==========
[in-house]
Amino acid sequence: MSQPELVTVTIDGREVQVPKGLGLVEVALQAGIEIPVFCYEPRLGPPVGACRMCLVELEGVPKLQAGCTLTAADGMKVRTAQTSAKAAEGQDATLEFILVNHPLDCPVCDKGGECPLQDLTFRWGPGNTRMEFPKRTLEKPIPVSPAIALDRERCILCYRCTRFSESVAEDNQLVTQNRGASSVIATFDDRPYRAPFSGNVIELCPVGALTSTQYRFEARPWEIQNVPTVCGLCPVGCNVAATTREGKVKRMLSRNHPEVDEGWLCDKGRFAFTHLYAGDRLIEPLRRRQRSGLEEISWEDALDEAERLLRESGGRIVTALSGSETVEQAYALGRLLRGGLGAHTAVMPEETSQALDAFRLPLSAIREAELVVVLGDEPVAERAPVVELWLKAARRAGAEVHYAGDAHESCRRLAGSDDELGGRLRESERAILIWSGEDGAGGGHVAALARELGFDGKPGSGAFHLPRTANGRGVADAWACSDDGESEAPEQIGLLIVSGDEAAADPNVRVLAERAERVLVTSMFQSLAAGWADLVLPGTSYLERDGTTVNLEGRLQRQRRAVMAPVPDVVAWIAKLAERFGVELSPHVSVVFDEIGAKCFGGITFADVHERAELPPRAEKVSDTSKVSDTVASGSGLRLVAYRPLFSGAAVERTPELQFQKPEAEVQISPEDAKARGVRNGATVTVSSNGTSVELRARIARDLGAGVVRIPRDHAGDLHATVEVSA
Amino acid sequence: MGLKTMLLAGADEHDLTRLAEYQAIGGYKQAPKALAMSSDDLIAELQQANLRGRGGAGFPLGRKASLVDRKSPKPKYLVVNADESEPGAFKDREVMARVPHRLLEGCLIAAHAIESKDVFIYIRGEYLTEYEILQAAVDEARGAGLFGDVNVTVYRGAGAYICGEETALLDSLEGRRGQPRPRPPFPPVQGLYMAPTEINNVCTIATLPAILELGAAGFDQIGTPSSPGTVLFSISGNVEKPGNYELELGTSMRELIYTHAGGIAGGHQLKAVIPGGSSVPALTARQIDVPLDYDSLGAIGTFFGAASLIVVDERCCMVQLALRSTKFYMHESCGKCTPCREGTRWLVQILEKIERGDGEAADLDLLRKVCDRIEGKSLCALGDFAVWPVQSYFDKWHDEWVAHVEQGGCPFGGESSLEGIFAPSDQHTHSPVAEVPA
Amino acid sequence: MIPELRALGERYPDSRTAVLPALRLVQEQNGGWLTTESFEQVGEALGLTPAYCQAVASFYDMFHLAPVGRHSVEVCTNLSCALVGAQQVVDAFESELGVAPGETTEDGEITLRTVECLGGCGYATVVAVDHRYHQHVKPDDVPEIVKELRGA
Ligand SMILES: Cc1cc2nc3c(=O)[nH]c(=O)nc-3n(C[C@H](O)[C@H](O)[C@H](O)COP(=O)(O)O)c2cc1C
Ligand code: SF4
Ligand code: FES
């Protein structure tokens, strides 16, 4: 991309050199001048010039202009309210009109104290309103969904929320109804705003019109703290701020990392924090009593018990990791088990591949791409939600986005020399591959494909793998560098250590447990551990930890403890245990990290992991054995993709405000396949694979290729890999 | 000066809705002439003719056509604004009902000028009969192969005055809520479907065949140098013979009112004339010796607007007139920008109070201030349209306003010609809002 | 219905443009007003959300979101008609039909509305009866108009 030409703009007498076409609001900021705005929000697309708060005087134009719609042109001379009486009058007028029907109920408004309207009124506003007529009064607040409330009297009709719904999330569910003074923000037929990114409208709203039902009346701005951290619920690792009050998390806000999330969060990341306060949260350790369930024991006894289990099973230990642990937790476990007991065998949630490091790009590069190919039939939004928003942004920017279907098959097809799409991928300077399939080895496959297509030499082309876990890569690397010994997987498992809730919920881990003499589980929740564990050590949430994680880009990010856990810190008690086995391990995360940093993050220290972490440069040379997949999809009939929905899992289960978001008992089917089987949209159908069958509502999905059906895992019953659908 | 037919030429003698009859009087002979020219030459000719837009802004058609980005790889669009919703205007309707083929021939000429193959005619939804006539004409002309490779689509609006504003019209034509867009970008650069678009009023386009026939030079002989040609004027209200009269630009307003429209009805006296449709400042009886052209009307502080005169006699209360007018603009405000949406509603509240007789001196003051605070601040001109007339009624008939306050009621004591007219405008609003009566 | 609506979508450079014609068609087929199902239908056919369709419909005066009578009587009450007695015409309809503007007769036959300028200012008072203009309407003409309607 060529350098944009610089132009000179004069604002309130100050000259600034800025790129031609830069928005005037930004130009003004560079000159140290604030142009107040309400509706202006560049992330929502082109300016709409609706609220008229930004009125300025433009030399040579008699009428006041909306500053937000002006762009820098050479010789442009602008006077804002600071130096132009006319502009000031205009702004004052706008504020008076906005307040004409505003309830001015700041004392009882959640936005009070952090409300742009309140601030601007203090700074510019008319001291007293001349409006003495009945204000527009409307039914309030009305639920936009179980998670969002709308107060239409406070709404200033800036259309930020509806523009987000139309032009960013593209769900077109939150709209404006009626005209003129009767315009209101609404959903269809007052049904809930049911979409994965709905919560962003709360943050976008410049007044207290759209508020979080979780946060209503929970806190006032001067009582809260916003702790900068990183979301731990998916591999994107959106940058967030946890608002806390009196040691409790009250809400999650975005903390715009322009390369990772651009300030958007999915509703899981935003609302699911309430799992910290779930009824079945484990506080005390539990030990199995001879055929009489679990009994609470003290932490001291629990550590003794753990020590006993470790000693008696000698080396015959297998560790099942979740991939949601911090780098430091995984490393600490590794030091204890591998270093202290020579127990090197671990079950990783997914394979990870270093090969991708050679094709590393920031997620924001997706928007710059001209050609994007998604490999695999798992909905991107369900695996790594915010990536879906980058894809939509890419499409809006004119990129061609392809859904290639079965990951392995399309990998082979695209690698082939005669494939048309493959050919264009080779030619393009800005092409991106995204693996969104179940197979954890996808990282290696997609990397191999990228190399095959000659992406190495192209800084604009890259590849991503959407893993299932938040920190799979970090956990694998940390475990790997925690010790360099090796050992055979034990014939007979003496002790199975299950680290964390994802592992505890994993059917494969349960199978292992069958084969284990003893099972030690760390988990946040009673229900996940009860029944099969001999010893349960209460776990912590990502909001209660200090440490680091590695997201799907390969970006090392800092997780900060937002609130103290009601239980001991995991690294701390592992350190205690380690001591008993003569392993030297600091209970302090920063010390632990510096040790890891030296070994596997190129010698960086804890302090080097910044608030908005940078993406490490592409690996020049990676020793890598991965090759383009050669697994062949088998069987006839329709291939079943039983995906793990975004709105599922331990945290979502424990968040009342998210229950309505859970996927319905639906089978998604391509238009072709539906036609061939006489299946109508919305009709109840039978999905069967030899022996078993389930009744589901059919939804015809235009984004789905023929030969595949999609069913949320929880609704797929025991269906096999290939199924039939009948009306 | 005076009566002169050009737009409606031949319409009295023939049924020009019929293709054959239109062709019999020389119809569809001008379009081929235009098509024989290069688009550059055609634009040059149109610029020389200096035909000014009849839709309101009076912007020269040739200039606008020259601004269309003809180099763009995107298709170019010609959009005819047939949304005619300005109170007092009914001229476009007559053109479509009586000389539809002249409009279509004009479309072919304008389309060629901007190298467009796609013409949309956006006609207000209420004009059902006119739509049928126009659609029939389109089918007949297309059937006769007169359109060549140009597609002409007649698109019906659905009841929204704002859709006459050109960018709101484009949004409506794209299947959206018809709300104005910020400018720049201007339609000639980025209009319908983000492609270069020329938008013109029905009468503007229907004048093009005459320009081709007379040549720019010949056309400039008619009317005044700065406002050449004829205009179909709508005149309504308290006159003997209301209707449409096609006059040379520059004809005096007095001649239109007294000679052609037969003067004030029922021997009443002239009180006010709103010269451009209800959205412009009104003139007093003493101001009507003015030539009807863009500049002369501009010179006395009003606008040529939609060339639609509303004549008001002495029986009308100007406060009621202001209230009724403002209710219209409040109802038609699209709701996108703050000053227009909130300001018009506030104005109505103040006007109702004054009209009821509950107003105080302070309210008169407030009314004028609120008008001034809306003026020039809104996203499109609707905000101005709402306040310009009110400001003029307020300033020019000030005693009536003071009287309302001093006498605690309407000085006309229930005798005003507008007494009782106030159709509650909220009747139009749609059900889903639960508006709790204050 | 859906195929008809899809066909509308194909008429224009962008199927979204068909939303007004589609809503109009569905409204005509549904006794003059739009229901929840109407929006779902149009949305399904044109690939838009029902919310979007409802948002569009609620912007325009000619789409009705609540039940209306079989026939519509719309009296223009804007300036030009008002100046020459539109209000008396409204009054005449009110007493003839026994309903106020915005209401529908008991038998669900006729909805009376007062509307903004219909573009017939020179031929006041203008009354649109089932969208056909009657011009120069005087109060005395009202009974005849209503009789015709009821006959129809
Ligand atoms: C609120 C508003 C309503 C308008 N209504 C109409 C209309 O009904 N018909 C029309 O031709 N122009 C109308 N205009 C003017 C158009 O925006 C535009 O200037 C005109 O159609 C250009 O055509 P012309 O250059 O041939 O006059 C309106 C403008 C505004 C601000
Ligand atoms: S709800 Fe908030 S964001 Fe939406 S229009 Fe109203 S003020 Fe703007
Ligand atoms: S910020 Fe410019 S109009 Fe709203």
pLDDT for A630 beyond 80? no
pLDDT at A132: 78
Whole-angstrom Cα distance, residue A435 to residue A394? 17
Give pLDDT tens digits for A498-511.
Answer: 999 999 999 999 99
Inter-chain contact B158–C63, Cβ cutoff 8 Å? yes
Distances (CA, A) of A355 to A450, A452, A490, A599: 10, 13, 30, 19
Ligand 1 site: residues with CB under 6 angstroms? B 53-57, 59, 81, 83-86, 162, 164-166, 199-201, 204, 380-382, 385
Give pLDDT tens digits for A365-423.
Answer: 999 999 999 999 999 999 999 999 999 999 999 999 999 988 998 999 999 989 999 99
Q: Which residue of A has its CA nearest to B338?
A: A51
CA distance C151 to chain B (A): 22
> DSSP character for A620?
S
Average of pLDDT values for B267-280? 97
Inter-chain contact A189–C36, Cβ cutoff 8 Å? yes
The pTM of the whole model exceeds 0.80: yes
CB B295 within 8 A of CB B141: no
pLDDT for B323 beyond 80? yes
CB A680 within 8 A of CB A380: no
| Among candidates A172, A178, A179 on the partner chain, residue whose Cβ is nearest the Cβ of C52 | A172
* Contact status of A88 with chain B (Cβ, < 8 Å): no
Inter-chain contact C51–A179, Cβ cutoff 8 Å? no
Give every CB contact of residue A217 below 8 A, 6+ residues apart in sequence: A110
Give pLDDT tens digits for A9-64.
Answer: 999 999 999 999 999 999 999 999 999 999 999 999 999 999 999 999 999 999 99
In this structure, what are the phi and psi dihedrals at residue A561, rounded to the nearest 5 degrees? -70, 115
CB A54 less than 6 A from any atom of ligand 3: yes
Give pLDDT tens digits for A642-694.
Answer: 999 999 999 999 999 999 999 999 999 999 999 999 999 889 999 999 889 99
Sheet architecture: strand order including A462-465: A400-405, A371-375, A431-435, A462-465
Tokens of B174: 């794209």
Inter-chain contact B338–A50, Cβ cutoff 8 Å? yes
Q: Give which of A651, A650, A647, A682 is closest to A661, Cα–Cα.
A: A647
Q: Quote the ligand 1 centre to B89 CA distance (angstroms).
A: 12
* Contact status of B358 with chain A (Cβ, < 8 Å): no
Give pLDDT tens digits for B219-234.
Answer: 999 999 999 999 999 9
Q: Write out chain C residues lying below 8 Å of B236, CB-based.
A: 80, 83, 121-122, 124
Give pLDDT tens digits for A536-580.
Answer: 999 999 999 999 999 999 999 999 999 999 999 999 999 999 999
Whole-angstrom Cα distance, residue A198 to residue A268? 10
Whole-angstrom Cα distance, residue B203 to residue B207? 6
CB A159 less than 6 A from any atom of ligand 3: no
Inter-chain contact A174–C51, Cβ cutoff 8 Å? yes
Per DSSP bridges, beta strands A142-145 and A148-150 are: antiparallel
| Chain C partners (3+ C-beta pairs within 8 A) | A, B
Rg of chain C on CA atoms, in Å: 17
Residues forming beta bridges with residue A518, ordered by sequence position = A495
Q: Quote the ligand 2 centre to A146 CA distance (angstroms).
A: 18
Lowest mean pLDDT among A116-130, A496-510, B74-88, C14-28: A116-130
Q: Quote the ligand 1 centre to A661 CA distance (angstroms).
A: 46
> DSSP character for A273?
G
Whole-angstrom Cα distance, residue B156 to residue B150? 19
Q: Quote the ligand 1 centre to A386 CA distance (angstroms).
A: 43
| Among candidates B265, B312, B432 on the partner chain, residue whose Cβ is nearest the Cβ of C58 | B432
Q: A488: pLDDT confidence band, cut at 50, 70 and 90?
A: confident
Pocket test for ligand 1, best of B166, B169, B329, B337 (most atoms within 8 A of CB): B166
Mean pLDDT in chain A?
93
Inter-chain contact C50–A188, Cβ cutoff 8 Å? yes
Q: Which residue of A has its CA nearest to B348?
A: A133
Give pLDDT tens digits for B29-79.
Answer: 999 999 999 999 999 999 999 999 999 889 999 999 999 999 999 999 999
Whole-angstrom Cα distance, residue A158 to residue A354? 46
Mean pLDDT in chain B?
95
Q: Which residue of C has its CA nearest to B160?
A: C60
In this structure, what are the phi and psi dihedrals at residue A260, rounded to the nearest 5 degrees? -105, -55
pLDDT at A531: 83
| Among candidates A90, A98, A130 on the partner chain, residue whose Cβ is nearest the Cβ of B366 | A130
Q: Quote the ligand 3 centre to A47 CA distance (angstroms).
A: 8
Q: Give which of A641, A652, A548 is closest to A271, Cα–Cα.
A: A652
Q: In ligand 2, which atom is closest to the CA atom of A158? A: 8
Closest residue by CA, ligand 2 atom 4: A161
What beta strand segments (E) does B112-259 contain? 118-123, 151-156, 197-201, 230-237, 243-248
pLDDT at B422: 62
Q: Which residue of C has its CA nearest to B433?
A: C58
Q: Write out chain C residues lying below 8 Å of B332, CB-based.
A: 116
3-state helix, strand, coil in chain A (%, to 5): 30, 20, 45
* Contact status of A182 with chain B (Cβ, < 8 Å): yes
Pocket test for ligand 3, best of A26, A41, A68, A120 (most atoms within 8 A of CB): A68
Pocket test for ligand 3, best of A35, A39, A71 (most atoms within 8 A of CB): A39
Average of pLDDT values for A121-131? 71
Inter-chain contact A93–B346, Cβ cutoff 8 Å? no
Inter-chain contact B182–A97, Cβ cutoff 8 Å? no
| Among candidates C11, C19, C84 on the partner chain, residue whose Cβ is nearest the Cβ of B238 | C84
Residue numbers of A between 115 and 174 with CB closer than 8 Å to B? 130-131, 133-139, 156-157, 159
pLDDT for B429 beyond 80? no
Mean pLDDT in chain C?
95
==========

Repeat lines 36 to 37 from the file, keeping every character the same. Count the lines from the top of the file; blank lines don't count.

Give every CB contact of residue A217 below 8 A, 6+ residues apart in sequence: A110
Give pLDDT tens digits for A9-64.